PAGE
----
The International Collection of Vesicular Arbuscular Mycorrhizal Fungi
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Arbuscular Mycorrhizal Fungi (AMF)
Arbuscular mycorrhizal fungi are a group of soil-borne fungi found in almost any habitat worldwide. These fungi partner with many plant species by colonizing roots and producing hyphae in the rhizosphere. The relationship between AMF and plants is generally a mutually beneficial symbiosis, these benefits can be physiological, nutritional, ecological or any combination of these processes. These fungi also support many ecosystem services including increased soil stability.
The relationship is called an “arbuscular mycorrhizal” association with “arbuscular” being Latin for tree-like, referring to specialized fungal structures interfacing with the contents of root cortical cells and “mycorrhizal” referring to the fungus (myco) – root (rhizo) interaction. This association began more than 400 million years ago with the first land plants (Pirozynski, K. A. & Malloch, D. W, 1975). Vascular plants and mycorrhizal fungi have continued coevolving to the present day (Hoeksema et al. 2018).
These fungi are obligate symbionts, they cannot survive without associating with plant roots because they depend upon the carbon from host plants for their energy and form a unique evolutionary lineage classified as the phylum Glomeromycota. Therefore, manipulating and managing mycorrhizas has the potential to allow more sustainable agricultural practices and improved restoration of natural ecosystems (Koziol et al. 2018).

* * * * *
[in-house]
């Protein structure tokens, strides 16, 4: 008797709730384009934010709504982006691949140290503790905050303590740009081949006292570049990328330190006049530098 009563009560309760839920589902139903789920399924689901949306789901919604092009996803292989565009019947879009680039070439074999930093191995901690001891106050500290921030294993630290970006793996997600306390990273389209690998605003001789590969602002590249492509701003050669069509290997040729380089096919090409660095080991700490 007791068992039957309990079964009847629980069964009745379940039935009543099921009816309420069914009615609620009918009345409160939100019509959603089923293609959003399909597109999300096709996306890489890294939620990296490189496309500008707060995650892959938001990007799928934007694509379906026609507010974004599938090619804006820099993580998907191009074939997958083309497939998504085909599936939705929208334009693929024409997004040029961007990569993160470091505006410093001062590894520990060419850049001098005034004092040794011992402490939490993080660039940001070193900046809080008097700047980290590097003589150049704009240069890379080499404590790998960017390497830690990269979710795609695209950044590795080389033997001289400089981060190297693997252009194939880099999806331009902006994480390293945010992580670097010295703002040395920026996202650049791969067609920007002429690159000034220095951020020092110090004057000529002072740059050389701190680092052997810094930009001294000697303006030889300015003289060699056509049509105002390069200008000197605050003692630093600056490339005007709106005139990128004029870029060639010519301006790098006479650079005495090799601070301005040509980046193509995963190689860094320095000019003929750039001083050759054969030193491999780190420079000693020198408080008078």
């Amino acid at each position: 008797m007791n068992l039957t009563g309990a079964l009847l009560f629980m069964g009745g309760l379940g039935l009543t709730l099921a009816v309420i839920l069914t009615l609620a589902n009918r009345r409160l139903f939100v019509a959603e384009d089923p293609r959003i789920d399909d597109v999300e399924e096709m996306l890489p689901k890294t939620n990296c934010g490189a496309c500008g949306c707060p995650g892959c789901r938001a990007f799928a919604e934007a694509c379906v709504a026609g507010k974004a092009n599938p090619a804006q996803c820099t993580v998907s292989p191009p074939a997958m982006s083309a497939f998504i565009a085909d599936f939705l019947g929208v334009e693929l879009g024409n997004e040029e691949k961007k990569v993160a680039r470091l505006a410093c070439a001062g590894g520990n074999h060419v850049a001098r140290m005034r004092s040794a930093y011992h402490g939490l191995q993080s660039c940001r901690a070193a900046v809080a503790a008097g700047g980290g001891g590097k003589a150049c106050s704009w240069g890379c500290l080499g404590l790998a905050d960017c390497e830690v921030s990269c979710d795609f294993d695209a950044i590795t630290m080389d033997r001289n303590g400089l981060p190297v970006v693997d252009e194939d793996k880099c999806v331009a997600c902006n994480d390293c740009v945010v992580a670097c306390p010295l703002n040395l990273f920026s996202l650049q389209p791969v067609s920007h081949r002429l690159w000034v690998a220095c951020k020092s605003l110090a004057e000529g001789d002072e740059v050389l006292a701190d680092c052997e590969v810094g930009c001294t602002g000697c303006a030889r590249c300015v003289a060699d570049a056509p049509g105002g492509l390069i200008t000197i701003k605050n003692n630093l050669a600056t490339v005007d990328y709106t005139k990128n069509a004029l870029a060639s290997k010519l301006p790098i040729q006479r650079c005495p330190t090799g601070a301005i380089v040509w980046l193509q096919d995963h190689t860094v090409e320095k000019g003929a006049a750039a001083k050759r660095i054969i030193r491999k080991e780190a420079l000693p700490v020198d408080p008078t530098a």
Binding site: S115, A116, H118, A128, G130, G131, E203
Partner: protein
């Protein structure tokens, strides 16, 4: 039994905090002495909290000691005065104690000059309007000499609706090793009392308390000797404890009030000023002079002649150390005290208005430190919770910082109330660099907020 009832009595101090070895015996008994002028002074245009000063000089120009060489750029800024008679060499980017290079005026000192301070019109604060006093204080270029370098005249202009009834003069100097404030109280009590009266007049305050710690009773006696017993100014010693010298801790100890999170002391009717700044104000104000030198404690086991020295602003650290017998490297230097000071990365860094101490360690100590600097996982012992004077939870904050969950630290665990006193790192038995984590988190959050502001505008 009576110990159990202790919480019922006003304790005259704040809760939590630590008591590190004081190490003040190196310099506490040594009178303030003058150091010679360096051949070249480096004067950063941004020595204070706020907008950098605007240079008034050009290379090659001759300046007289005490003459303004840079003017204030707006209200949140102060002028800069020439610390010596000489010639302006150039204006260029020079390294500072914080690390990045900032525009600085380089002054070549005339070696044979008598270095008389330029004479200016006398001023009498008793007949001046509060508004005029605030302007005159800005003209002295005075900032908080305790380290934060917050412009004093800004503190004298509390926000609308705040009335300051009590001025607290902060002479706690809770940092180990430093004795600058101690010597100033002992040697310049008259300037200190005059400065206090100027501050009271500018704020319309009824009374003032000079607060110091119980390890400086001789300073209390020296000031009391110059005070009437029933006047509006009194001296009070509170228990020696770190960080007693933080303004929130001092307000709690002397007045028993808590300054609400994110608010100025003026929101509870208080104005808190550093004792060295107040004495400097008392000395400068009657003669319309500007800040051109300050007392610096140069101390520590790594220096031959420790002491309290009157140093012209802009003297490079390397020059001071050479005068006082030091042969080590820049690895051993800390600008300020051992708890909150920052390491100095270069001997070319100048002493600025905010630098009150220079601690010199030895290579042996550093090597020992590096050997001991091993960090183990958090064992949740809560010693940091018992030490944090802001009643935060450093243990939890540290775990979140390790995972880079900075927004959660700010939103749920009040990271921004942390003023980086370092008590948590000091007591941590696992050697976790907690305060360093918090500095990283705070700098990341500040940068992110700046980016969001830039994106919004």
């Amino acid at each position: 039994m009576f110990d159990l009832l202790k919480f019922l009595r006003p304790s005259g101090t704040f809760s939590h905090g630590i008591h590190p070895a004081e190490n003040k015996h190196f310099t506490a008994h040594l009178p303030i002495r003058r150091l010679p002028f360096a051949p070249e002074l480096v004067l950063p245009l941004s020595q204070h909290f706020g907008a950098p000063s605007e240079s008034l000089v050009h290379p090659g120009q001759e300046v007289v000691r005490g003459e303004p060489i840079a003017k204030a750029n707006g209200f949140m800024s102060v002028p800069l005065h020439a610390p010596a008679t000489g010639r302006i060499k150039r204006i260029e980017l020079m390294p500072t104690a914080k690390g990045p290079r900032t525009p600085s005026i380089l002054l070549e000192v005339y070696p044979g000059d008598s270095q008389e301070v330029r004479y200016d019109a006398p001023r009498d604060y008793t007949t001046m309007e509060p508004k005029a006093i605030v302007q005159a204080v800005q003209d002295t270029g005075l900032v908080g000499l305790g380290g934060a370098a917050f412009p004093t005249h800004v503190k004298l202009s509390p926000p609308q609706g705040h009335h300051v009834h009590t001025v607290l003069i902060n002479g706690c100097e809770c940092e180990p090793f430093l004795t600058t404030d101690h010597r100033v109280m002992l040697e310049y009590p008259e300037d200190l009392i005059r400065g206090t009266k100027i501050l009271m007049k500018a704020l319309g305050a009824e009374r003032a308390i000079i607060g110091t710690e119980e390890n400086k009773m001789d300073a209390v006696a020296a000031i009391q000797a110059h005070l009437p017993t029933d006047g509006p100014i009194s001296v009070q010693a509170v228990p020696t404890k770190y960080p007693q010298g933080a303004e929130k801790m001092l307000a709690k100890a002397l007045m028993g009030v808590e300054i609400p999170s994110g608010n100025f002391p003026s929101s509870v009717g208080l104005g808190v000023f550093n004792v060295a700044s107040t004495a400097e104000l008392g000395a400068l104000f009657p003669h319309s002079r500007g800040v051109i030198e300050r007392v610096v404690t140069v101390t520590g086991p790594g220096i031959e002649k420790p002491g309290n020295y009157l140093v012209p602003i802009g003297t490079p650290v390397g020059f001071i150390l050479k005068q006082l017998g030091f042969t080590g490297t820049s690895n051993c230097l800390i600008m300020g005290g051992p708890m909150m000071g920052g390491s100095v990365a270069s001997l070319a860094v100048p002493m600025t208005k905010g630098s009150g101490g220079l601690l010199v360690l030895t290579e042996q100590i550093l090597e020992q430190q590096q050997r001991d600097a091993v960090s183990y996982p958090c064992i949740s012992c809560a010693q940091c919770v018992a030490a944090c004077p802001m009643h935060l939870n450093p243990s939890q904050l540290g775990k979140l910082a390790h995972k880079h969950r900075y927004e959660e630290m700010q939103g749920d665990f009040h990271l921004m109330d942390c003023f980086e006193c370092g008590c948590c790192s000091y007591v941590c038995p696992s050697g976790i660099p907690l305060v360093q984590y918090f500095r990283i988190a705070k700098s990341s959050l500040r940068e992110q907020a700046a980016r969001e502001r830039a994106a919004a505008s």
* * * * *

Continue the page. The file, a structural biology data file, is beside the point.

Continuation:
The International Collection of Vesicular Arbuscular Mycorrhizal Fungi: INVAM has a storied history, it was begun at the University of Florida, Gainsville by Normand Schenk and was managed by his devoted team from 1985 to 1990. With Dr. Schenck’s retirement it was moved to West Virginia University, overseen, and expanded by curator Dr. Joseph Morton and assistant curator William Wheeler; currently there are 900 isolates from around the world maintained in the collection. Dr. Morton retired from West Virginia University in 2019, the collection has since been competently managed by William Wheeler. The collection is being transferred to the University of Kansas under the direction of Drs. James Bever, Peggy Schultz, Elizabeth Koziol and Terra Lubin.
- Hoeksema, J. D., Bever, J. D., Chakraborty, S., Chaudhary, V. B., Gardes, M., Gehring, C. A., ... & Zee, P. C. 2018. Evolutionary history of plant hosts and fungal symbionts predicts the strength of mycorrhizal mutualism. Communications biology. 1: 1-10.
- Koziol, L., Schultz, P. A., House, G., Bauer, J., Middleton, E. & Bever., J. D. 2018. Plant microbiome and native plant restoration: The example of native mycorrhizal fungi. BioScience. 68:996-1006.
- Pirozynski, K.A. & Malloch, D. W. 1975. The origin of land plants: a matter of mycotropism. Biosystems 6:153–164.
- Stürmer, S. L., Bever J. D., Schultz P. A. & Bentivenga S. P. 2021. Celebrating INVAM: 35 years of the largest living culture collection of arbuscular mycorrhizal fungi. Mycorrhiza, 1:117-126.